Tape is an invaluable part of arts, crafts, and all sorts of repairs. However, this sticky helper has only been around for about 200 years. In that short amount of time a wide array of different types of tape have been invented.
Here are 32 types that you may or may not have heard of.
Types of Tape
1. Barricade Tape
Also referred to as construction tape, barrier tape, and caution tape, barricade tape is brightly colored to catch the attention of any passerby in a hazardous situation. The tape will often have a 2-tone alternating stripe pattern or with the words “Caution” or “Danger” in large lettering. It’s often used in construction settings or at crime scenes to allow detectives to do their work.
2. Bondage Tape
Used primarily in certain extracurricular activities, bondage tape has a surface that lacks adhesive but is able to stick to itself. This tape has uses beyond the suggested purpose, as it won’t damage fabric or fragile surfaces, but must be wrapped fully around the object to stay in place.
3. Cellophane (Scotch Tape)
One of the best-known types of tape, this common clear tape is better known by the brand names Scotch Tape and Sellotape. It’s used for crafts, office or school projects, and general household purposes.
4. Cloth Tape
Cloth surgical tape was invented in 1845 and has since found a variety of uses. The adhesive is on a thin cloth or fabric backing that’s both strong and easy to tear. Some versions of cloth tape are waterproof and used in plumbing, while others are used in crafts.
5. Decorative Tape
Any tape which has a decorative material counts as decorative tape. There might be patterns, glitter, or various other elements added to the backing.
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6. Double-Sided Tape
This common tape has a removable backing, leaving behind a surface with adhesive on both sides. It’s often used in crafts and home weatherproofing.
7. Drywall Tape
This reinforced tape is used to mask the seams between pieces of drywall. It’s flexible enough to allow the walls to breathe.
8. Duct Tape
Perhaps the most famous type of tape, duct tape is strong and waterproof. It’s used in a wide range of projects, both personal and professional. Major brands include 3M, Duck, and Gorilla.
9. Electrical Tape
While not the strongest, electrical tape is able to insulate wires and other surfaces. The tape is color-coded to signify its specific qualities.
10. Facing Tape
Used primarily to seal joints and seams on sheet metal ducting, facing tape adheres well even under extreme temperature conditions and humidity level. Its flexibility allows it to easily conform around irregular surfaces to provide a tight seal when airflow is involved.
11. Fashion Tape
This gentle but strong tape is used mainly by women. The tape won’t harm fragile fabrics and can be used to artificially to ensure loose clothing doesn’t slip. Commonly used in fashion shows or garments such as strapless bras.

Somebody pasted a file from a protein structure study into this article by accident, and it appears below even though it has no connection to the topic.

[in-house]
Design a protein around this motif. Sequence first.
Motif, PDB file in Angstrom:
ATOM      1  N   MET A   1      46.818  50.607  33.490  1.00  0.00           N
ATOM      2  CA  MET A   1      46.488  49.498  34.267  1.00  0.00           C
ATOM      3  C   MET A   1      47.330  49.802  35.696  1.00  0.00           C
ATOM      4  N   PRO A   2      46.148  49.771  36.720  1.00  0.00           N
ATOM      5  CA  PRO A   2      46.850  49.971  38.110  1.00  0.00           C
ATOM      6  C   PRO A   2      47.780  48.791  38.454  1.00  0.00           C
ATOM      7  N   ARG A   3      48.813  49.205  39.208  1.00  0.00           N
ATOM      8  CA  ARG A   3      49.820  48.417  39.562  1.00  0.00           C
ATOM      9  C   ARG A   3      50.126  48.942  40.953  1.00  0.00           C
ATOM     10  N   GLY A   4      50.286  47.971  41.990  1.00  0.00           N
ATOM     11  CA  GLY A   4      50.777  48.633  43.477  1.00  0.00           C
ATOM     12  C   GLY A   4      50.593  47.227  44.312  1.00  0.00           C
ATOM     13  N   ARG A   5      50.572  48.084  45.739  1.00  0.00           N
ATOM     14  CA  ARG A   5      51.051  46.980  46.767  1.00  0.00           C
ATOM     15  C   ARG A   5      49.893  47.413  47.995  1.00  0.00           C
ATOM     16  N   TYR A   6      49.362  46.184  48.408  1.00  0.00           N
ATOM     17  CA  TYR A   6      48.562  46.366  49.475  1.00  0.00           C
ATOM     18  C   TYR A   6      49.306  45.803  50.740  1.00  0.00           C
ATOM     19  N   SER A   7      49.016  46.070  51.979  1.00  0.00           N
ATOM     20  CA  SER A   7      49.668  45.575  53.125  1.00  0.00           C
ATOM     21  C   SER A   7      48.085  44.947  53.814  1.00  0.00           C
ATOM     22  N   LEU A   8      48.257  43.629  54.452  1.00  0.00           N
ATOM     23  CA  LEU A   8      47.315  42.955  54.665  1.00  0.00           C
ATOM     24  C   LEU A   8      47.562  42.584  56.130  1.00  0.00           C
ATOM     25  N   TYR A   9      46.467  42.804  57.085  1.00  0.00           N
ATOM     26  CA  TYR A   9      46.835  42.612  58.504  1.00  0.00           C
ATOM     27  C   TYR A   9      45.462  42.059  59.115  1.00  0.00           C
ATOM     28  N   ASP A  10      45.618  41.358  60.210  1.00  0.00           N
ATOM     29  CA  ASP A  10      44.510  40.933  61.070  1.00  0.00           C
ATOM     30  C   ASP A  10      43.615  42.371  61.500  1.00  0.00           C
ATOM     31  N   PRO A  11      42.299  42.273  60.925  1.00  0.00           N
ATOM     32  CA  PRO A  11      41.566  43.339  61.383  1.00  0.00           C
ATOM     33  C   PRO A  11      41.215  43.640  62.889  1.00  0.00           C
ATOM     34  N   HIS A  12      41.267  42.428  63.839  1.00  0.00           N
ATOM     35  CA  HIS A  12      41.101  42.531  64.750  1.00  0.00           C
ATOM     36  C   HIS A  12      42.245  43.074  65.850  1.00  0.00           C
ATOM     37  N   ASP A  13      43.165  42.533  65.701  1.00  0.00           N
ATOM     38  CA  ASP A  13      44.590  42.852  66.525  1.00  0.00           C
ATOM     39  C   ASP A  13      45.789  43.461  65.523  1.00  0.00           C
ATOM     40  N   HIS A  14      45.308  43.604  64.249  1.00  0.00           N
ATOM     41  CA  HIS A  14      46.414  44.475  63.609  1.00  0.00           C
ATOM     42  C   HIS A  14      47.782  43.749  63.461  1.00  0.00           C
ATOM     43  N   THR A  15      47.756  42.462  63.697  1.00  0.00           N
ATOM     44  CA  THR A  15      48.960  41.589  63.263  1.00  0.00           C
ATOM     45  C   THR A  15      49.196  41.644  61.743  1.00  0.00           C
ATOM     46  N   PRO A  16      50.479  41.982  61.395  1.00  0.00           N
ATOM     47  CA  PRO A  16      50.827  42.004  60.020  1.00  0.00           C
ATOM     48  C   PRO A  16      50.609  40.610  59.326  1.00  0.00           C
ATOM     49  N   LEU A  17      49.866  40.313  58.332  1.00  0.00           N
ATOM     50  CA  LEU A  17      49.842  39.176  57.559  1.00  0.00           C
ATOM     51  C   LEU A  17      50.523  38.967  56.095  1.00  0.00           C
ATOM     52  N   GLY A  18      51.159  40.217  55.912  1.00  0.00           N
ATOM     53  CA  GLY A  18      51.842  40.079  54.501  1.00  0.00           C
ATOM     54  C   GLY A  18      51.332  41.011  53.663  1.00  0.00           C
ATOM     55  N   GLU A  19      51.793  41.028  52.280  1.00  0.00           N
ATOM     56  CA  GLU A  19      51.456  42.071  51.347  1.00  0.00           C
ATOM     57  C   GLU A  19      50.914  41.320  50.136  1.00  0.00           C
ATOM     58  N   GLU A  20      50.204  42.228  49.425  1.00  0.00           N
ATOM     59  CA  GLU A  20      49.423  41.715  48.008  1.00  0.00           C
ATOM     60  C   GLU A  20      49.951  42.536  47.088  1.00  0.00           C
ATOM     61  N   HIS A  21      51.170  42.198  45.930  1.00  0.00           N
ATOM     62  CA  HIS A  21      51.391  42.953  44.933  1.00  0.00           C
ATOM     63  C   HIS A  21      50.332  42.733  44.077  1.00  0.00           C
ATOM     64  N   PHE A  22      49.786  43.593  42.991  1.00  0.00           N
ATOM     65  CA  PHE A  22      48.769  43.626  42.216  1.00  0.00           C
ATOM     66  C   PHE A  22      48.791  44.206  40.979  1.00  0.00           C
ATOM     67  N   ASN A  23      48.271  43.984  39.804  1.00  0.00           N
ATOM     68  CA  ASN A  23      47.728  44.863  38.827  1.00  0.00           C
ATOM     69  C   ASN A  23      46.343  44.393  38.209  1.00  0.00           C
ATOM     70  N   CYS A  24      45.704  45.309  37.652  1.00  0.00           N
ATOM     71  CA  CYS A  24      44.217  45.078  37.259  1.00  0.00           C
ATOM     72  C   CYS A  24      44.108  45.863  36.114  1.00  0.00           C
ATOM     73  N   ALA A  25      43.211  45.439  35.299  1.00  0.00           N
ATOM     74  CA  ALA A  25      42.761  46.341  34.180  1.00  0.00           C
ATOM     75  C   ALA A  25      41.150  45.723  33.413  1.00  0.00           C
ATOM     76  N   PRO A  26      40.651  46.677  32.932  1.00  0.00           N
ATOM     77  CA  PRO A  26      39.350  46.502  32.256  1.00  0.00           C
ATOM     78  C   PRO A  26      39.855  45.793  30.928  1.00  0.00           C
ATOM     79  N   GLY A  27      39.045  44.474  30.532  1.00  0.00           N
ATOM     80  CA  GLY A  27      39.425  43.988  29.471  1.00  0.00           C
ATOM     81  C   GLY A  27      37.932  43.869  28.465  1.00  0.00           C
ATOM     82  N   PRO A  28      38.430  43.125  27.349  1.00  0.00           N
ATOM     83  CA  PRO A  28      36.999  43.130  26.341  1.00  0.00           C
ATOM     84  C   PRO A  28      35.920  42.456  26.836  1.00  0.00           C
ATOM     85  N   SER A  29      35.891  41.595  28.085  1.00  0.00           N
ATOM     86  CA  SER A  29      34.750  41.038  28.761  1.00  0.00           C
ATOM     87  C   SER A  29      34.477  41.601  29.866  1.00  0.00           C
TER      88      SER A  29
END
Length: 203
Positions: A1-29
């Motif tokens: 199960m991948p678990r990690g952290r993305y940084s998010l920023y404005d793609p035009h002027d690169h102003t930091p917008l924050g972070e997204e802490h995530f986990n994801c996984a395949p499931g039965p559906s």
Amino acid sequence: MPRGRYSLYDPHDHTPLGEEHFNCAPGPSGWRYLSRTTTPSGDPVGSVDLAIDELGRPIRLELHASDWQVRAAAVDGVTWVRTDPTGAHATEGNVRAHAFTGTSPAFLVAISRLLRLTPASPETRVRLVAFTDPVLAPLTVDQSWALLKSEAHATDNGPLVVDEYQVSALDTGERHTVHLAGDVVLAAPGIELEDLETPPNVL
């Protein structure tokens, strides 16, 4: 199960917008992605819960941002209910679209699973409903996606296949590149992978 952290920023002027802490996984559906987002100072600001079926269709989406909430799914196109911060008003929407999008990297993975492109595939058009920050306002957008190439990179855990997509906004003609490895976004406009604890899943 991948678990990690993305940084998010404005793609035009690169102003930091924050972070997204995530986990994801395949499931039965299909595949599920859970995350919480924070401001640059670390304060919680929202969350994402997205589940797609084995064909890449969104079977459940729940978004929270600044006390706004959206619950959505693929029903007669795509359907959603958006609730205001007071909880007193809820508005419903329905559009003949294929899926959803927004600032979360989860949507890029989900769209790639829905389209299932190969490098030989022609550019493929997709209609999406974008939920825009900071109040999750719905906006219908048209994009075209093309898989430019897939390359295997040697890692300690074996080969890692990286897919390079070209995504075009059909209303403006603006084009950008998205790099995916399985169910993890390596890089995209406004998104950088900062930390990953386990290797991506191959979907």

12. Filament Tape
A very strong form of packaging tape, filament tape has fiberglass filaments running among the length of the tape, making it incredibly resistant to tearing. It is used for sealing packages or reinforcing various types of packaging.
13. Flagging Tape
This gentle tape comes in a range of bright colors. It’s designed to be torn and wrapped around trees or other features to aid in trailblazing.
14. Flash Tape (Holographic Tape)
This tape has a highly reflective surface that is used for protecting yards and gardens. When applied or simply hung around a garden or property, the tape catches and reflects sunlight, frightening away pests.
It’s commonly used to keep barn swallows from nesting on your home and preventing other birds from hitting your windows.
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15. Floor Marking Tape
This tape is designed to handle a lot of abuse. It’s used to make markings on floors in place of painting. Floor marking tape is used primarily in warehouse settings.
16. Floral Tape
This kind of tape is used on floral arrangements. It’s a strong, stretchable tape that adheres to itself and is commonly used to wrap flower stems together, hide wires when making corsages, and other decorative uses.
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17. Friction Tape
Mainly used by electricians, friction tape is a cotton adhesive tape that’s sticky on both sides due to a rubber-based adhesive. It provides abrasion protection on electrical wires and cables but can also be used on tennis racquets, hockey sticks, baseball bats, and handlebars to help improve grip.
18. Gaffer Tape
This cloth-based relative of duct tape is mainly used by film studios and theaters. It’s easily torn by hand while still being very sturdy once applied. It can be used for both holding things together and marking directions.